• Experian free credit monitoring (Free)
  • IdentityForce® (Paid)
  • Privacy Guard™ (Paid)
  • Experian IdentityWorksSM (Paid)
  • FICO® Advanced (Paid) 

Credit Counseling To Improve a Very Poor Credit Score

If you really need help getting your finances and credit accounts in order, you may consider working with a credit repair company or credit counseling service. There are programs all around the country that offer both free and paid financial counseling assistance to consumers who are working on improving their credit scores. 

Some well-known credit counseling services are provided by: 

  • National Foundation for Credit Counseling – offers mortgage, student loan, and bankruptcy counseling for a fee. 
  • Financial Counseling Association of America – offers free debt and credit counseling to consumers in all 50 states.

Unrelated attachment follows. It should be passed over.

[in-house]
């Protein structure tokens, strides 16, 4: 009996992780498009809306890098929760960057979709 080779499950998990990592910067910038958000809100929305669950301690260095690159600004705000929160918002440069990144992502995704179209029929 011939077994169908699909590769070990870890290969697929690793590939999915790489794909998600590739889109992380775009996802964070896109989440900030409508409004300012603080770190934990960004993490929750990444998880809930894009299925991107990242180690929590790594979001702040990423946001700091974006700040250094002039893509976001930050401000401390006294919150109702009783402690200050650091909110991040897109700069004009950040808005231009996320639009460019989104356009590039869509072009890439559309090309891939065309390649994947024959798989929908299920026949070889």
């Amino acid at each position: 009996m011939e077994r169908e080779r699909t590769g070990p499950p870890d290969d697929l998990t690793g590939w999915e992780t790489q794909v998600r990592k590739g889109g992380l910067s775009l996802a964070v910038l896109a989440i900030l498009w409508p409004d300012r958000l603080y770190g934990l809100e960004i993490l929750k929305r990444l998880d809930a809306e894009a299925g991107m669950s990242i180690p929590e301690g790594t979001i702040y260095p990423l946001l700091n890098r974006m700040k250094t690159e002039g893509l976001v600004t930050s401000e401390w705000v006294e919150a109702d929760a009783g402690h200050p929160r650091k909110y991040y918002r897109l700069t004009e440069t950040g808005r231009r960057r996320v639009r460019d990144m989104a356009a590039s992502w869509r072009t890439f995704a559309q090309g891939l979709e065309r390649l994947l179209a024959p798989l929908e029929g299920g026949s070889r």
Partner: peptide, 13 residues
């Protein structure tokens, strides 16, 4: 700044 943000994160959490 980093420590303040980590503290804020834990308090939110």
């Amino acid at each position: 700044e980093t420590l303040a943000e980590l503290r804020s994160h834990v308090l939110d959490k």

• American Consumer Credit Counseling – offers free credit and budget counseling and paid debt management plans (DMPs).
  • GreenPath Financial Wellness – offers free debt and budget counseling as well as paid bankruptcy counseling and DMP services. 
  • Money Management International – offers nationwide 24/7 counseling online or over the phone for free, and paid DMPs. 

What is a DMP?

A debt management plan (DMP) is an arrangement between a consumer in debt and a credit repair counselor. The counselor will work with the consumer’s creditors and negotiate a more affordable repayment plan in exchange for a monthly fee or service charge. Oftentimes, creditors are willing to lower interest rates if the consumer agrees to repay their debt via a DMP.

Benefits of Improving Your 510 Credit Score

Access To More Cash

Not only will you have access to more products with a higher credit score, but you are also more likely to receive approval for higher loan amounts. That means you may be able to cover more expenses with a single personal loan or other financial product of your choice! 

Faster Approval

With a good credit score also comes faster approval on loans, lines of credit, and other financial services. You may even receive pre-approval and be able to skip a few steps in the application process.